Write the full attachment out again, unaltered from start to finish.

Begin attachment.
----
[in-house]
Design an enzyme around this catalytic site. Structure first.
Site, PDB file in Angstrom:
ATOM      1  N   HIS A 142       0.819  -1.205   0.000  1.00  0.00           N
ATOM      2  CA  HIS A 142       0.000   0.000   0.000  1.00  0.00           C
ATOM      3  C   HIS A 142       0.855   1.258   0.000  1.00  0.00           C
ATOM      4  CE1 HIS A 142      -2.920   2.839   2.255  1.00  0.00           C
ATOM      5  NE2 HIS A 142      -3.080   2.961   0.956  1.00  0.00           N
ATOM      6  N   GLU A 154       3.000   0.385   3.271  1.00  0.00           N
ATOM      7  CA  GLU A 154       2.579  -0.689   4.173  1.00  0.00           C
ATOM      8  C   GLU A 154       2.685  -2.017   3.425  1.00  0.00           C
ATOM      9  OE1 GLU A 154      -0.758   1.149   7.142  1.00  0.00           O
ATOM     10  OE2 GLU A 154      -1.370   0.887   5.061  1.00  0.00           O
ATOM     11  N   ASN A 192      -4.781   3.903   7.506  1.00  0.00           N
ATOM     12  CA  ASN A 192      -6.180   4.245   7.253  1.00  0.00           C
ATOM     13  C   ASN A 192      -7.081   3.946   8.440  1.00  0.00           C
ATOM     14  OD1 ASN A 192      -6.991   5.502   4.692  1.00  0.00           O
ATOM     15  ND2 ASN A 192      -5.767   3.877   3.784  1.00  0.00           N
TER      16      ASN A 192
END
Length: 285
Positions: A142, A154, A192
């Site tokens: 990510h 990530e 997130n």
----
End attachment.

[in-house]
Design an enzyme around this catalytic site. Structure first.
Site, PDB file in Angstrom:
ATOM      1  N   HIS A 142       0.819  -1.205   0.000  1.00  0.00           N
ATOM      2  CA  HIS A 142       0.000   0.000   0.000  1.00  0.00           C
ATOM      3  C   HIS A 142       0.855   1.258   0.000  1.00  0.00           C
ATOM      4  CE1 HIS A 142      -2.920   2.839   2.255  1.00  0.00           C
ATOM      5  NE2 HIS A 142      -3.080   2.961   0.956  1.00  0.00           N
ATOM      6  N   GLU A 154       3.000   0.385   3.271  1.00  0.00           N
ATOM      7  CA  GLU A 154       2.579  -0.689   4.173  1.00  0.00           C
ATOM      8  C   GLU A 154       2.685  -2.017   3.425  1.00  0.00           C
ATOM      9  OE1 GLU A 154      -0.758   1.149   7.142  1.00  0.00           O
ATOM     10  OE2 GLU A 154      -1.370   0.887   5.061  1.00  0.00           O
ATOM     11  N   ASN A 192      -4.781   3.903   7.506  1.00  0.00           N
ATOM     12  CA  ASN A 192      -6.180   4.245   7.253  1.00  0.00           C
ATOM     13  C   ASN A 192      -7.081   3.946   8.440  1.00  0.00           C
ATOM     14  OD1 ASN A 192      -6.991   5.502   4.692  1.00  0.00           O
ATOM     15  ND2 ASN A 192      -5.767   3.877   3.784  1.00  0.00           N
TER      16      ASN A 192
END
Length: 285
Positions: A142, A154, A192
């Site tokens: 990510h 990530e 997130n």